Madonna Sparks Another Ticket Row
Viagogo’s exclusive deal as the official premium and secondary ticketing partner for Madonna’s Sticky And Sweet Tour has sparked another row in the U.K., with Resale Rights Society chairman-designate Marc Marot describing it as a "sorry mess."
"Even an artist as powerful as Madonna is not able to control the chaos in the ticketing market," he said in a June 3 statement that detailed why the RRS feels the deal is causing confusion in the marketplace.
"The nature of these exclusives is meaningless because they could not prevent tickets being resold on hundreds of other sites where Madonna would not get a share of revenues," he said.
The statement calls Viagogo’s "official" status in the secondary market effectively meaningless because ticketing consultant Tixdaq is listing 3,361 tickets for her Wembley show on rival sites including Seatwave, eBay and GetMeIn.
The statement from the RSS, which represents 400 musicians and their managers, also says the Madonna deal is confusing for consumers because in some cases viagogo isn’t offering the best deal.
General admission standing tickets were still available from the official primary ticket agency Ticketmaster for £75, but viagogo had them for as much as £196.
Although viagogo is the official seller of the "Candy Shop" hospitality tickets – featuring a champagne reception, three-course meal with wine and coffee, open bar during the pre-show hospitality and one-hour post-show party in a private suite at the concert venue – some of the £550 packages the company has sold are now turning up on Seatwave for £999 each.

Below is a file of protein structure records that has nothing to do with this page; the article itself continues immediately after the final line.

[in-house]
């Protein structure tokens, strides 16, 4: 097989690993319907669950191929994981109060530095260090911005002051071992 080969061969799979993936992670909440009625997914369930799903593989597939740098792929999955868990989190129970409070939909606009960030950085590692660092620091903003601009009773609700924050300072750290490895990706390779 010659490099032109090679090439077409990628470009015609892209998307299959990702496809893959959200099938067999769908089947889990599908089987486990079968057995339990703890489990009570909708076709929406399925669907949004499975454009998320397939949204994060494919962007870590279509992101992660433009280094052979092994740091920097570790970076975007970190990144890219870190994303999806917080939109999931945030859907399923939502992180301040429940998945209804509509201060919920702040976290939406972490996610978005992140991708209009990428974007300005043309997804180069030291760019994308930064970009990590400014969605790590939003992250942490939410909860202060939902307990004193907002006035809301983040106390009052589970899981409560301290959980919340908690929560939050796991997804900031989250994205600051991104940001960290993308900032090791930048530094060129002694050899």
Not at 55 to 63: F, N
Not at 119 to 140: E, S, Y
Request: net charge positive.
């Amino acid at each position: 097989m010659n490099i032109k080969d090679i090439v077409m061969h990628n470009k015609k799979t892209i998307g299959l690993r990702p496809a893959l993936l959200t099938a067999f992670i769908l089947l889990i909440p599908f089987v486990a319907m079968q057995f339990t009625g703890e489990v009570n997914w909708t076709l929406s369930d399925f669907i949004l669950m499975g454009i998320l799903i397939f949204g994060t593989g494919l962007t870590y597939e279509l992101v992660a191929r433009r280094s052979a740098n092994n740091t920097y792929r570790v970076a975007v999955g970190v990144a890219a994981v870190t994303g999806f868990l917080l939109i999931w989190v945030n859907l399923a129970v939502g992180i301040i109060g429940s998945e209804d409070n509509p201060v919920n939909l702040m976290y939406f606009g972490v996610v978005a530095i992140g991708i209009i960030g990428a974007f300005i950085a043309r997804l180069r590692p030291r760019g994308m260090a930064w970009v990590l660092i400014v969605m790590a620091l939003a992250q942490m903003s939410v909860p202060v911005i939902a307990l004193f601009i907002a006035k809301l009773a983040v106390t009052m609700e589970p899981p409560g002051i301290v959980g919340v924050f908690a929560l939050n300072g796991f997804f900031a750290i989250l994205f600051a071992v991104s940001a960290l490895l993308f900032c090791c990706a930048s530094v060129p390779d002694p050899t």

Viagogo chief Eric Baker appears reluctant to comment, although he was hard to reach apparently because he is on his honeymoon. But earlier in the week he responded to Marot’s call for a "blanket right," where artists get a little piece of every ticket transaction right across the board, by telling Financial Times that it’s "just as ludicrous" as authors or car manufacturers wanting a share of second-hand sales.
He told the paper that Madonna and Live Nation, which is her management company and concert promoter, partnered with viagogo because it guaranteed security and ticket delivery for fans.
"[The RRS] are just upset because they’re not getting paid," he told FT.
"Obviously Madonna, Live Nation and viagogo believe that [ours] is a much better solution for everyone involved."